As I scrolled through the pictures the first thing I thought about was your backgrounds. Then I saw that everyone had already covered that with their comments!

    Now I cannot see you EXIF data but it looks as if you were shooting around f4 (?). If I knew your shutter speed and aperture, then I could potentially recommend another option.

    I'm shooting in bright light and with my D700 my fastest shutter speed is 1/8000th. That's a one stop improvement over my previous D90.

    Even with 1/8000th fastest shutter speed, sometimes I'm hitting the wall - getting to the point where if I'm shooting wide open the camera can't give me a fast enough shutter to exposure correctly when I'm in Aperture Priority mode. The answer to this is a 2 stop or 3 stop ND filter. Or a Circular Polariser (which can give you 1 - 1 1/2 stops of light 'reduction'). I can then shoot at f1.4 - f2 without hitting that wall.

    So possibly the best solution, to get a little more saturation into your skies and get a shallower DoF to blur those backgrounds a little more, would be to shoot a little closer to wide open, use a little exposure compensation (-0.3, -0.7, or maybe -1) and add a circular polariser. Slightly underexposing will bring the sky back a little, the circular polariser will add to that sky, and you'll be able to shoot with a wider aperture.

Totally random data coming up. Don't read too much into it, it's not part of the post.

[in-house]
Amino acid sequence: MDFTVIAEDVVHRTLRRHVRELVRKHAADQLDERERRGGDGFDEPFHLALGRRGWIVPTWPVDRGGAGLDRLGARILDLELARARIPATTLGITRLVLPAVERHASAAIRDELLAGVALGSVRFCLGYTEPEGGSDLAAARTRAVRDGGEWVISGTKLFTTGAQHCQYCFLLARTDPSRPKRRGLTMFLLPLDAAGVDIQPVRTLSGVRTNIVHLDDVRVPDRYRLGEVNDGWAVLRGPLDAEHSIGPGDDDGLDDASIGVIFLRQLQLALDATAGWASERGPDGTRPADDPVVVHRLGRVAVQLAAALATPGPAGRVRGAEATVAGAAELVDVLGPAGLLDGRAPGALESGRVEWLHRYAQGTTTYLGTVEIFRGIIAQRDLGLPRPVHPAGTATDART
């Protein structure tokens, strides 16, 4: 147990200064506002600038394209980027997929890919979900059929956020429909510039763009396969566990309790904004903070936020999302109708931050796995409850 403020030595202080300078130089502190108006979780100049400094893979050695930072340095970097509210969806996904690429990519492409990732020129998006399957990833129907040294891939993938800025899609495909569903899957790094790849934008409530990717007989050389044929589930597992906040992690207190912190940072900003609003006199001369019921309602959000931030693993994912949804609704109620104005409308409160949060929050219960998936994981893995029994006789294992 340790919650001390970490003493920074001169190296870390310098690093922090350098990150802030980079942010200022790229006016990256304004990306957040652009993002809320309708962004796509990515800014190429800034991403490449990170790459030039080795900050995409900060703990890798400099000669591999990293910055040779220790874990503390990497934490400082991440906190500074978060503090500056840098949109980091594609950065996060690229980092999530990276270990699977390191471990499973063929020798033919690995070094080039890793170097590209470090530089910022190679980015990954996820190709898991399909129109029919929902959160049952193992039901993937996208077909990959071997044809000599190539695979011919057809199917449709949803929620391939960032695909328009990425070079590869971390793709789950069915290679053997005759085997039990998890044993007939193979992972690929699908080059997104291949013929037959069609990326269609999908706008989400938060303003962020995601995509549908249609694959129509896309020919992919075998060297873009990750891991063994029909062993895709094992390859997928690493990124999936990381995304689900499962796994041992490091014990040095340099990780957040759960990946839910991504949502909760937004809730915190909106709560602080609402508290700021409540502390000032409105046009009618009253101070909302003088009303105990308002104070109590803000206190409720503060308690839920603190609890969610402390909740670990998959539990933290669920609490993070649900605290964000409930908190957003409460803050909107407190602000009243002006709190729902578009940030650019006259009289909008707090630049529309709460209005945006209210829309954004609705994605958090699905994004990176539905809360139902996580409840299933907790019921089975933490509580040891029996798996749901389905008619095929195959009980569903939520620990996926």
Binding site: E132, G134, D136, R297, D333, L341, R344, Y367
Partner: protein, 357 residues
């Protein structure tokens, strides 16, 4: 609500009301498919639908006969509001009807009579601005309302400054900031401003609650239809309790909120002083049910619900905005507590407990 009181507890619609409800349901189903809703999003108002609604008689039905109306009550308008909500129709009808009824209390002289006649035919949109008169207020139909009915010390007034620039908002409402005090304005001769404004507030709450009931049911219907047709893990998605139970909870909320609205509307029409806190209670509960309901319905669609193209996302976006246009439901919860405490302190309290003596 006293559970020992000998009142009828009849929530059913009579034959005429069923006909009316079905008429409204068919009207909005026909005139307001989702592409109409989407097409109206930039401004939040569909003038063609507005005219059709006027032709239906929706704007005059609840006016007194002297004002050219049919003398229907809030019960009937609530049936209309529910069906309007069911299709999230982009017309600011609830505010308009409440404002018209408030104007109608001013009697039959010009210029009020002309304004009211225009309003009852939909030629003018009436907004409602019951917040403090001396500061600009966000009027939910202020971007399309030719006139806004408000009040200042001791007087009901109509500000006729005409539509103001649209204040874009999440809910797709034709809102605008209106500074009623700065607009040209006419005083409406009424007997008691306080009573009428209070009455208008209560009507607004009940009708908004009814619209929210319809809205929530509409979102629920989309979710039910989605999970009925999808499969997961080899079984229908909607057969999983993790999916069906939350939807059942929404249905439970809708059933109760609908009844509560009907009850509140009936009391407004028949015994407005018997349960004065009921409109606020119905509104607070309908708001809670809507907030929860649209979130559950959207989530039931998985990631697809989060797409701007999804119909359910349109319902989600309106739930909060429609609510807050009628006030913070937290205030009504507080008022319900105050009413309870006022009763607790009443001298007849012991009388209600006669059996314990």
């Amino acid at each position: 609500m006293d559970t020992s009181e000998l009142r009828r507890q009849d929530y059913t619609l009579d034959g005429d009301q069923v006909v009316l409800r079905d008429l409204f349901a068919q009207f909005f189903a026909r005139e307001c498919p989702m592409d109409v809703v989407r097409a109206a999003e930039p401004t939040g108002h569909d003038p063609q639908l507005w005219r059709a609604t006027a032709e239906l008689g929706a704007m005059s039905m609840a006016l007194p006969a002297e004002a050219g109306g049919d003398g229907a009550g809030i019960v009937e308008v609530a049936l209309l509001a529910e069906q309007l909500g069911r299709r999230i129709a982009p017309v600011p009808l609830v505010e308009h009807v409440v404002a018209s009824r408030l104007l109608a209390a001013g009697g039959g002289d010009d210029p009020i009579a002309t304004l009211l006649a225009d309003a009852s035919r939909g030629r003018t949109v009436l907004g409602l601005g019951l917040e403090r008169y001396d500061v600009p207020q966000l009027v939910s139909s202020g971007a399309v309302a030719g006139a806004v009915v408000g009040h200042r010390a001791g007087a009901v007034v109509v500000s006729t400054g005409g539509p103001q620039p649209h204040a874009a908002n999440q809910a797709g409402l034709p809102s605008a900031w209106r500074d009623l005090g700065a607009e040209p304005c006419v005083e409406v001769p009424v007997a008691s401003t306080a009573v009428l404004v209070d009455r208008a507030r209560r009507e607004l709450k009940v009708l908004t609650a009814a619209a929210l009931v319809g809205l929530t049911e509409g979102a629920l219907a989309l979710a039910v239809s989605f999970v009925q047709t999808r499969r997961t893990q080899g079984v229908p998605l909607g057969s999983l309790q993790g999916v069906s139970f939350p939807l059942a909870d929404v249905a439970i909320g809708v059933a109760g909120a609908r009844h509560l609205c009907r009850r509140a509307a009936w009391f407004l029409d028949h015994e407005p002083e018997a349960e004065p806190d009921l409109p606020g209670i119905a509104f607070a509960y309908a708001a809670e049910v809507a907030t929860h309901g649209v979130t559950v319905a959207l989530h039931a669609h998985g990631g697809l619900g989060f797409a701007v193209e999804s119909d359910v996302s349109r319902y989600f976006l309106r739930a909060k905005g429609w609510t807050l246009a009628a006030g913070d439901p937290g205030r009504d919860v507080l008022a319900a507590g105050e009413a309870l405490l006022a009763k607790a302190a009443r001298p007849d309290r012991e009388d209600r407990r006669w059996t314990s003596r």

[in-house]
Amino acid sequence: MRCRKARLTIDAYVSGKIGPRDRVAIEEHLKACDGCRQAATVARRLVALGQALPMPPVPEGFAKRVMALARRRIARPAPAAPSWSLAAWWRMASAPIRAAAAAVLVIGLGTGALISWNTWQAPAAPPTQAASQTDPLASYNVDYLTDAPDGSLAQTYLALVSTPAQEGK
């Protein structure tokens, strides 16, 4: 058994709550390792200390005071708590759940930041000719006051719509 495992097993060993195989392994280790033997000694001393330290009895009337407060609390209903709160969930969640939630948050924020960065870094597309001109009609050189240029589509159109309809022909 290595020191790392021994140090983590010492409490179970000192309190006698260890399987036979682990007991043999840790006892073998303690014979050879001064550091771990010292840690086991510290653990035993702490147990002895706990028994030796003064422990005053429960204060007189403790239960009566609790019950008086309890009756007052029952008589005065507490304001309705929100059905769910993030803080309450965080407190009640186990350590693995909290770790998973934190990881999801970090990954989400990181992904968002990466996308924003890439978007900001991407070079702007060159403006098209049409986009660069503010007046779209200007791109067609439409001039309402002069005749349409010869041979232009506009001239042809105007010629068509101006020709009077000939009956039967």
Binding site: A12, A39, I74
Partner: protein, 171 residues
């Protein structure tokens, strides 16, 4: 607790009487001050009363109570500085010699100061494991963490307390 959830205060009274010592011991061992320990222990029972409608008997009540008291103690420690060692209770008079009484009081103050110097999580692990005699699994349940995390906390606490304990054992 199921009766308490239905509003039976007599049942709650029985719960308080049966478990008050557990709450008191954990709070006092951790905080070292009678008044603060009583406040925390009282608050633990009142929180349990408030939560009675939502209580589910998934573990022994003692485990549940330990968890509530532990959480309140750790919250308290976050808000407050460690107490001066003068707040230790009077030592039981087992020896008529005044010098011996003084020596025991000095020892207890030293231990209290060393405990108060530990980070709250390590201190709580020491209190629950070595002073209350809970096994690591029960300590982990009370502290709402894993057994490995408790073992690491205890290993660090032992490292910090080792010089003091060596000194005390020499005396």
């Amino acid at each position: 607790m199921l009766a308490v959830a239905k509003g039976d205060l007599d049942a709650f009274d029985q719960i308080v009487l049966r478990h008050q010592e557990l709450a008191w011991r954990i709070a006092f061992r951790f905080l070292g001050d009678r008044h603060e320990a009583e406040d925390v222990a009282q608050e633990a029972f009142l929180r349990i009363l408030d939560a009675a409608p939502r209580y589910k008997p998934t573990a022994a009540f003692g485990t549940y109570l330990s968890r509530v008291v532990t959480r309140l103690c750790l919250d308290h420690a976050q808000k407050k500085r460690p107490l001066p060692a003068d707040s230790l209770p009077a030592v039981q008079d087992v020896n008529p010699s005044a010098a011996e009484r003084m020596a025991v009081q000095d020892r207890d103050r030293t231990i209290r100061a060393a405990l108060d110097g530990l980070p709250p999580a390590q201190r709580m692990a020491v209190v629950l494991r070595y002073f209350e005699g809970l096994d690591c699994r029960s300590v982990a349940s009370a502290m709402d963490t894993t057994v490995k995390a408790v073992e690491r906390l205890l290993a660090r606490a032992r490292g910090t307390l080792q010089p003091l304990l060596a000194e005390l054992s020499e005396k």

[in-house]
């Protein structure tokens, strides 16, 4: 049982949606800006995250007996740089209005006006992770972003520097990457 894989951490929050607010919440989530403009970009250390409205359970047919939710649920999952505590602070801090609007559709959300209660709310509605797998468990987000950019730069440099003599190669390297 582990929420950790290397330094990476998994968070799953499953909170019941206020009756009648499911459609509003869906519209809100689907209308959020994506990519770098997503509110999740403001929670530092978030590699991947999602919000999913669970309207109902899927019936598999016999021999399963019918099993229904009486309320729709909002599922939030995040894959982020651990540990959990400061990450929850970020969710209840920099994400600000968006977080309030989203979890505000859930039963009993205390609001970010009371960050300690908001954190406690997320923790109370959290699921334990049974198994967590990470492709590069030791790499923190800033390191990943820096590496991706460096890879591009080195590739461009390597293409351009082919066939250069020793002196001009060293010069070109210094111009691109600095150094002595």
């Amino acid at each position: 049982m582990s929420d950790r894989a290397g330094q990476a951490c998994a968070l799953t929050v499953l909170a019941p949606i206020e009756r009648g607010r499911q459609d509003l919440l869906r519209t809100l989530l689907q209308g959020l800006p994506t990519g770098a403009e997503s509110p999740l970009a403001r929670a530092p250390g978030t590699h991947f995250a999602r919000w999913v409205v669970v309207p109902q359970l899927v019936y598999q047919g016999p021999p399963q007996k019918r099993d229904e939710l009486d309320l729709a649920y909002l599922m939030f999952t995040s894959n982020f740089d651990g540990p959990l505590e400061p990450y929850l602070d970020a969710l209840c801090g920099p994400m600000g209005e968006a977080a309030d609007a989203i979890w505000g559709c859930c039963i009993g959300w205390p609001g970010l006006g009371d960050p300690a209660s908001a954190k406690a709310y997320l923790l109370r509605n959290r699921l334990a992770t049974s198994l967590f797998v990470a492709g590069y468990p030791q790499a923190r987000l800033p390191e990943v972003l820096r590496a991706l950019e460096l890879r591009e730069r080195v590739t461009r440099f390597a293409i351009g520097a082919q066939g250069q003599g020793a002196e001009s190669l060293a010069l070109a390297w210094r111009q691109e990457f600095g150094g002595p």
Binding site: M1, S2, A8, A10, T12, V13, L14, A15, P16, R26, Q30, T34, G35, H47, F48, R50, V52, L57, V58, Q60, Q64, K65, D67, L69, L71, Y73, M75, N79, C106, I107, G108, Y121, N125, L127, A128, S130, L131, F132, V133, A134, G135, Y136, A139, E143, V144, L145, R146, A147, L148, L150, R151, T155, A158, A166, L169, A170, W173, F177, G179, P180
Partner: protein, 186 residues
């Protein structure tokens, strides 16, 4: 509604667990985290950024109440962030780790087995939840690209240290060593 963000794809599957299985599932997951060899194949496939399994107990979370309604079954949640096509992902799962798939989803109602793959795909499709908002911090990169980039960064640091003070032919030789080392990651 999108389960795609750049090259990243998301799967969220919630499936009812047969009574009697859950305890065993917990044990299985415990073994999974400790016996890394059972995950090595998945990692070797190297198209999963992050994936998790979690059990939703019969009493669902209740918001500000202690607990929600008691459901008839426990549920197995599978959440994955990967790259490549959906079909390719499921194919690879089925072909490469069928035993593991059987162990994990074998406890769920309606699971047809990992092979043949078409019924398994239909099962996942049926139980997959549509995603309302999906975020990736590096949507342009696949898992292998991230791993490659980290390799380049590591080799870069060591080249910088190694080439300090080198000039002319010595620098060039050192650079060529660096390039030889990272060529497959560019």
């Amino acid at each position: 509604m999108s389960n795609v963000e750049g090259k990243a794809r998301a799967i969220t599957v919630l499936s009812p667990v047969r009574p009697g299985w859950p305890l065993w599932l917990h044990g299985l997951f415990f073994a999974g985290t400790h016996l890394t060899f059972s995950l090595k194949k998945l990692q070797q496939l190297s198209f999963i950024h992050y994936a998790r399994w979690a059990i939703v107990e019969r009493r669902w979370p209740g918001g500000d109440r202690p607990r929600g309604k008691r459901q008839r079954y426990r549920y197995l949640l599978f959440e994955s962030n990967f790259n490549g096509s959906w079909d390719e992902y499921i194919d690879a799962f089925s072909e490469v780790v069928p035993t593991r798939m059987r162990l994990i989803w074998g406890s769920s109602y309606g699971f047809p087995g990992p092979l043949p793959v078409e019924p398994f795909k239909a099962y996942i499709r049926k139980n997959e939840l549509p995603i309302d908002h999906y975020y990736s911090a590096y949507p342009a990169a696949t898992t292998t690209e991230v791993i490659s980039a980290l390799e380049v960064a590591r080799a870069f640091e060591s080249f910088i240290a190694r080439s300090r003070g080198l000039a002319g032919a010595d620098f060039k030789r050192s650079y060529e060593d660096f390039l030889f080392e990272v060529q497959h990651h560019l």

9. #9

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    Re: Now with the 50mm prime, what next?

    Well, comments do not come more constructive than this. Thank you so much for your inputs.

    Richard,
    I actually have a Nissin 622mkii flash and do have a tripod too. I just need to get my acts right. For the lens, i have a Sigma 70-300mm.

    Moving on, some quick ones please.
    1. Are tripods ever necessary to shoot people(either indoors or outdoors)?

    2. Then would a flash have helped with the posted images as i did not use one?

    3. I used ISO of 200 and 400 when the images started coming out dark. Crazy choice?

    4. On a very bright day like the day i took the shots, how would one use a flash? I have no wireless trigger et al...

    5. Respective of this lens(or not), how does one take good group photos? Those will be hugely needed too.

    Most of the shots were done in AV mode(which i'm beginning to like) too. Mostly f4, ISO 200-400.

  10. #10
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    Re: Now with the 50mm prime, what next?

    Quote Originally Posted by cyracles View Post
    Mostly f4
    I should get a life!!!!!!

  11. #11